Welcome to A+ Sewer and Drains

About Us

WHO WE ARE!!!

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A+ Sewer and Drains is a family owned and operated business located in Richmond, Wayne County, Indiana, and has been in business for over eighteen (18) years. 


We offer reliable quality service, and are a well reputable and established company in the industry. Our staff is efficient, knowledgeable, and will work hard to complete your sewer and drainage projects in a timely and consistent manner.


A+ Sewer and Drain understands your needs, and our company is among the best in the business, and we have achieved an excellent reputation through quality work, integrity, and comparable pricing. When you need quality septic tank pumping or septic service in general, you can count on A+ Sewer and Drain.

Prompt and Reliable

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At A+ Sewer and Drain we understand the economics and expenses involved when it comes to sewer and drainage work, and this is why we'll always work hard to keep our commitment to you our patron's to bring your project to completion on time and under budget where always possible.


We value your trust in our performance, and wish to repay your trust by utilizing our time to make sure we meet your deadline and budgetary goals. 

Satisfaction Guaranteed

sewer, drain, plumbing, sewage, jetting, installation, install, pump, sub pump, septic, sewer line

A+ Sewer and drain has the greatest confidence in our work performance, and we guarantee our work, stand behind our name, and assure you our mission is to give you the peace of mind and satisfaction of knowing your hard earned trust in our business  is not undeserved.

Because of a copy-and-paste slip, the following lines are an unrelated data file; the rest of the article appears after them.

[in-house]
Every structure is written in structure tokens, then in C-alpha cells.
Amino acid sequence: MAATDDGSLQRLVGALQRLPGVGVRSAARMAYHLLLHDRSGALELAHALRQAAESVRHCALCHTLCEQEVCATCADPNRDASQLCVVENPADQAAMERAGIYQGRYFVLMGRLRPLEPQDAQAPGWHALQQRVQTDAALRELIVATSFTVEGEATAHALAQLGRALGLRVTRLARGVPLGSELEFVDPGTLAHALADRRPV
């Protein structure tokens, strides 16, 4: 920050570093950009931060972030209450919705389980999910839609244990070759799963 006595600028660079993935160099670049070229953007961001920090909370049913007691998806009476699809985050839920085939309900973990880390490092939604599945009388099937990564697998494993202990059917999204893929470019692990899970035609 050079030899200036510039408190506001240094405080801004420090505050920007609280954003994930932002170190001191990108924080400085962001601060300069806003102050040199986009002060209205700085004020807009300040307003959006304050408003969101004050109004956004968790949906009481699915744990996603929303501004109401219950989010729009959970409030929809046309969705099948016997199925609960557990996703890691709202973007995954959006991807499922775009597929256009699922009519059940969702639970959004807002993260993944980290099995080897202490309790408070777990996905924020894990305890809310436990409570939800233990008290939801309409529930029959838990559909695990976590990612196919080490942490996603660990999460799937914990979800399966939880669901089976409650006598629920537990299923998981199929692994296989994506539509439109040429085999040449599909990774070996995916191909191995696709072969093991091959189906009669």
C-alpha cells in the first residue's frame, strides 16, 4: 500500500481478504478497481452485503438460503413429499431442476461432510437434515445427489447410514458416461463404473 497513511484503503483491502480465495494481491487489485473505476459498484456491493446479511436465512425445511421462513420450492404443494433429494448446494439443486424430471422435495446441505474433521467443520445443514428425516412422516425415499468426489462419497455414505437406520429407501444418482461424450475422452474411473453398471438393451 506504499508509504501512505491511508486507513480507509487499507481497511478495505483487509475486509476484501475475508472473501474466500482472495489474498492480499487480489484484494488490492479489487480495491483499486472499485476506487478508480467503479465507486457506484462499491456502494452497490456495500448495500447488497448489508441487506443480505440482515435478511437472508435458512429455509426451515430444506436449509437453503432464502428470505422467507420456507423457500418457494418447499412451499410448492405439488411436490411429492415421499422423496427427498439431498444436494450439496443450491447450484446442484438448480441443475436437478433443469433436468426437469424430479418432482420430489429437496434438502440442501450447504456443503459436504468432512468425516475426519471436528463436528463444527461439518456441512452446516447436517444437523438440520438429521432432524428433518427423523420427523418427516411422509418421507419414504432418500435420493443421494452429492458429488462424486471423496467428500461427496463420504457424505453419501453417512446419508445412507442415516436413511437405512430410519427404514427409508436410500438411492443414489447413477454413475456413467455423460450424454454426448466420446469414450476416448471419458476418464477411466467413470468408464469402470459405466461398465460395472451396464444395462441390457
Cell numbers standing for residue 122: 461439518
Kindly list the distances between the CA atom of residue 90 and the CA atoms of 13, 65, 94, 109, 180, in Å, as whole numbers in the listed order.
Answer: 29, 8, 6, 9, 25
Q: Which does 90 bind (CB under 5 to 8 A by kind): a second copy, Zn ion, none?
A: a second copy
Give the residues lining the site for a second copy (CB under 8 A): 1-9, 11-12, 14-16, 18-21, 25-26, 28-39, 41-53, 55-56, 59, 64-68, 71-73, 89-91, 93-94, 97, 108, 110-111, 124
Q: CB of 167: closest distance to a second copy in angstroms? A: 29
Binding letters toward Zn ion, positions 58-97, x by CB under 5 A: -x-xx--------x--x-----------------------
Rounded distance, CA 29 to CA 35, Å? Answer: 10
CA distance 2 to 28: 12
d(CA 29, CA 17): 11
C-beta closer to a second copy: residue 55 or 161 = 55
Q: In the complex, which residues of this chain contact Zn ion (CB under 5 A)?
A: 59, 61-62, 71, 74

Site Content

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OUR SERVICES:

* Sewers                   * Drains

*Sump-Pumps       * Jetting

*Septic Cleaning    * Sewer Install

* Drain Install          * Sewer Line Repair

                       


       ***Emergency On Call Service

Announcements and Coming Events

Please continue to check our website as it's continually updated for any promotions or new events in the very near future.

Testimonial/s

Thank you @ A+ Sewer and Drain for the wonderful work your staff performed in completing our septic system cleaning and our sewer line repair. You saved us thousands of dollars and our family couldn't be more grateful. Thank you again Kory!!! You rock!!!


Best Endeavors,

BMEM Inc.

High Pressure Drain Cleaning

A+ Sewer and Drain now offers High Pressure Jetting service to meet your drain and pipe cleaning needs. Speak to our staff about this service and see if it will meet your drainage needs.

Share the big news

A+ Sewer and Drain is proud to announce our expansion throughout Indiana and Ohio to meet the needs of both our commercial and residential customers. We look forward to continuing to serve our long time patrons as wll as meeting all of our new customers and friends as well.

FAQs

 

What is sewer jetting?


Sewer Jetting is the application of directed high pressure water to remove clogs, dirt, grease, and/or grime from pipes to allow them to flow freely. A Pump, along with a jetter tip to create restriction, is used to generate a pressure in some cases powerful enough to cut through concrete. Sewer Jetting is a valuable means of cleaning interior pipe surfaces at incredible speeds.


 

Definition - What does Sewer Cleaning mean?

Sewer cleaning can be defined as the process of cleaning sewer pipelines that carry waste water from homes, offices and industries. It is an important responsibility of every home and city to keep sewers clean to prevent overflow and foul smell. Everything flushed down a toilet or poured down a drain goes through a pipeline into the sewer system.

Sewer lines are now laid using trench-less technology, and access points along the line are provided in case of blockage due to solid waste or overflow.


 

Sewer Cleaning

Sewers are inspected using remotely operated crawlers with mounted cameras that are passed through the pipeline. In places where blockage or damage is found, cleaning or repair is undertaken. Usually, where blockage in sewers is found, a nozzle is inserted into the access point nearest to the blockage and water is released at high pressure that pushes the blockage into the main sewer system.